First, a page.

The 5 Most Dangerous Volcanoes On Earth

Volcanoes can be downright terrifying. As we’ve seen in film and television, cascading flows of molten magma can make the bravest of people appear akin to small children. Of course, these acts of Mother Nature are occasionally sensationalized a bit through various forms of media. Mass explosions don’t occur on an hourly basis — nor are cataclysmic events a common occurrence. With that said, there are a number of dormant and active volcanoes currently on Earth. We’ll look specifically at the five most dangerous volcanoes currently in existence.

5. Tatun Volcano Group (Taiwan)

Though the Tatun Volcano Group doesn’t automatically register as a ‘hot-spot’ for perceived volcanic activity, it remains an exceptionally dangerous place. This cluster includes 20 andesitic volcanoes (volcanoes made up primarily of igneous rock). There have been reports suggesting that magma is found approximately 20 kilometers underneath the grouping of volcanoes. Scarily enough, the Tatun Volcano Group sits only 13 miles from Taipei — a densely-packed city of 2.7 million. Furthering the potential danger, nearly 7 million people live within 20 miles of this cluster. One eruption could become immensely damaging to both infrastructure and innocent lives.

4. Vesuvius (Italy)

Vesuvius is the most famed volcano dating back to its demolishing of Pompeii (among other establishments). Though this eruption occurred in AD 79, the most recent one occurred in 1944 — a mere 74 years ago. Located in Parco Nazionale del Vesuvio, Mount Vesuvius sits a stone’s throw from Naples… and its city population of nearly 4.5 million. With the amount of settlements and homes being built on the footsteps of the mountain, six million people could be endangered by a theoretical explosion. It remains as the only volcano on mainland Europe to have seen any volcanic activity in the last 100 years.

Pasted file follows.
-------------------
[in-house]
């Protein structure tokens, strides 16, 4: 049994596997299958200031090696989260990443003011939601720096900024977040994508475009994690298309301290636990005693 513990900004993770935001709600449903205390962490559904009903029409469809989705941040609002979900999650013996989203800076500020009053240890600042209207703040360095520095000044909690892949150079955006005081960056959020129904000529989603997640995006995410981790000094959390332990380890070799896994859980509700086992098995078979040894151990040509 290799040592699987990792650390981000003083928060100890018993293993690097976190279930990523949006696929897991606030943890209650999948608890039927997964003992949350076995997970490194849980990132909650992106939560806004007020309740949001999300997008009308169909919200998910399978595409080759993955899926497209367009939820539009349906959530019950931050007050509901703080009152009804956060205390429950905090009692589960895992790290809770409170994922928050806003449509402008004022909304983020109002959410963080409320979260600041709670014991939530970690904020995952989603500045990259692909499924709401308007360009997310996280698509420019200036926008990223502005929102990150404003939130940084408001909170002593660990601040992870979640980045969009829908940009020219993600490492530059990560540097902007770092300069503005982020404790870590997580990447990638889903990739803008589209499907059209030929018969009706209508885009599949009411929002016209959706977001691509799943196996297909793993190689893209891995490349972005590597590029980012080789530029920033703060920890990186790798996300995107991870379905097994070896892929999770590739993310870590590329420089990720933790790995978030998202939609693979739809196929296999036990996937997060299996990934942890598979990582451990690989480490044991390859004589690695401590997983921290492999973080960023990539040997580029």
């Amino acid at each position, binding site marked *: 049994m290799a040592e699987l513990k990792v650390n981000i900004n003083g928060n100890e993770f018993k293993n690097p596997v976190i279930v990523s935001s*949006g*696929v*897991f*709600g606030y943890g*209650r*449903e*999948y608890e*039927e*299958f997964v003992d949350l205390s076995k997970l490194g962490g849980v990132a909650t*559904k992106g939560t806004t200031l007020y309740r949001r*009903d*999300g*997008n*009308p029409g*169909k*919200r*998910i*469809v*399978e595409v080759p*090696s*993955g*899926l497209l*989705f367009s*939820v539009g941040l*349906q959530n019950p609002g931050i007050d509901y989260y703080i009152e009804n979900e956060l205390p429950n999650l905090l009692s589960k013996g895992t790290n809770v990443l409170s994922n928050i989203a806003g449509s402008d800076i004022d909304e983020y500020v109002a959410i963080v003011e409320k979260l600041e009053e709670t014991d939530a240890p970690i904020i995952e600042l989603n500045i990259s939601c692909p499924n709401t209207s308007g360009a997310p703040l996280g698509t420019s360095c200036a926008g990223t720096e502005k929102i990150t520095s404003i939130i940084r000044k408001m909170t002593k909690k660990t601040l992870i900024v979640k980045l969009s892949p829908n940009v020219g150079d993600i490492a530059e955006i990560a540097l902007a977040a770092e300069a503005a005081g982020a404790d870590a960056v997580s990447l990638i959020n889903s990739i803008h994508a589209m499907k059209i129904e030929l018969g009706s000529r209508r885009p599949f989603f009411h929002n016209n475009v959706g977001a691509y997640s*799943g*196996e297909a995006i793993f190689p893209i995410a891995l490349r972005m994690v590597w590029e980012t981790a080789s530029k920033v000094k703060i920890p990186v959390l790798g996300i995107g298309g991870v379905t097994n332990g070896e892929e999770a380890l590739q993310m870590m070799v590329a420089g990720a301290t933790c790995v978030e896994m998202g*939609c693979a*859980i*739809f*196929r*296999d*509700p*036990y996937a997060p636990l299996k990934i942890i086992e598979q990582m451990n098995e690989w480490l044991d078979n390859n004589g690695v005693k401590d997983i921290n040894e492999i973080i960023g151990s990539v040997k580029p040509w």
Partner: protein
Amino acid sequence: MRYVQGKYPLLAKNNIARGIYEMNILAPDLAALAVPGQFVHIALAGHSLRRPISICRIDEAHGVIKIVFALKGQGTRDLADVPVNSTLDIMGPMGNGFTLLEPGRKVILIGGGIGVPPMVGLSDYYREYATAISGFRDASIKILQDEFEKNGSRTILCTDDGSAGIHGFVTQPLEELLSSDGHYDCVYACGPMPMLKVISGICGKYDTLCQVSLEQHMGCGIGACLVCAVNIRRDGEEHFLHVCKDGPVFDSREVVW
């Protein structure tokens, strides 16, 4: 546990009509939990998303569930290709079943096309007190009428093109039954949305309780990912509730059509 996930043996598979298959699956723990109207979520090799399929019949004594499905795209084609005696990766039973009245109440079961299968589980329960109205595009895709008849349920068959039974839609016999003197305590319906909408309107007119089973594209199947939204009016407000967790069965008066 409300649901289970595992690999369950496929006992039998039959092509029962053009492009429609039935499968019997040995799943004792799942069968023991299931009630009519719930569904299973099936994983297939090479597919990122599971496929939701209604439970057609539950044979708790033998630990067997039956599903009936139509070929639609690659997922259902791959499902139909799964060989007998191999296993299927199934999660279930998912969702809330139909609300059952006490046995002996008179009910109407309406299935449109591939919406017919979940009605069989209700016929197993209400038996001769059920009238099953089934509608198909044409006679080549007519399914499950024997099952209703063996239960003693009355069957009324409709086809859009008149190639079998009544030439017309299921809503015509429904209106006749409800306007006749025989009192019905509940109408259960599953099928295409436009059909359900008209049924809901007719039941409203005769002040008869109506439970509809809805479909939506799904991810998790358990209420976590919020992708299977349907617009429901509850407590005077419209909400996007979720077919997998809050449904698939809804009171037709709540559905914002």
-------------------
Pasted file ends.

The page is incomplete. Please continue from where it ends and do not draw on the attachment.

3. Ilopango (El Salvador)

Nestled right between Lake Ilopango and capital San Salvador, this El Salvadorian caldera is frighteningly perilous. Ilopango previously had an eruption which effectively wiped out a plethora of ancient Mayan cities. In the present time, the capital city of San Salvador — and its population of nearly 6.4 million — sit adjacent to the lake. Not only could an eruption cause structural damage, it could immensely impact air quality with polluting forces of ash and smoke. Interestingly enough, the last eruption at Ilopango took place in 1880.

2. Michoacán–Guanajuato (Mexico)

The Michoacán–Guanajuato volcanic field appears shaped like a cone. There have been numerous small eruptions since developing in the Earth. It hasn’t produced a major explosion (like Vesuvius), but the frequency of these eruptions lends to the idea that a major one could be coming down the line. From a population standpoint, nearly six million people live within a few miles of this volcanic field. In other words, a major eruption could cause unprecedented damage.

1. Campi Flegrei (Italy)

About 40 minutes west of Vesuvius sits Campi Flegrei. Much of the area sits underwater — though this caldera is both volatile and active. There’s potential for this volcanic area to do a lot of damage. It may not be the single-biggest eruption when looking at other notable volcanoes. However, its location is intertwined with over six million people. The sheer damage could (in theory) be magnified by circumstance rather than potency. Historically speaking, the last eruption occurred in 1538.

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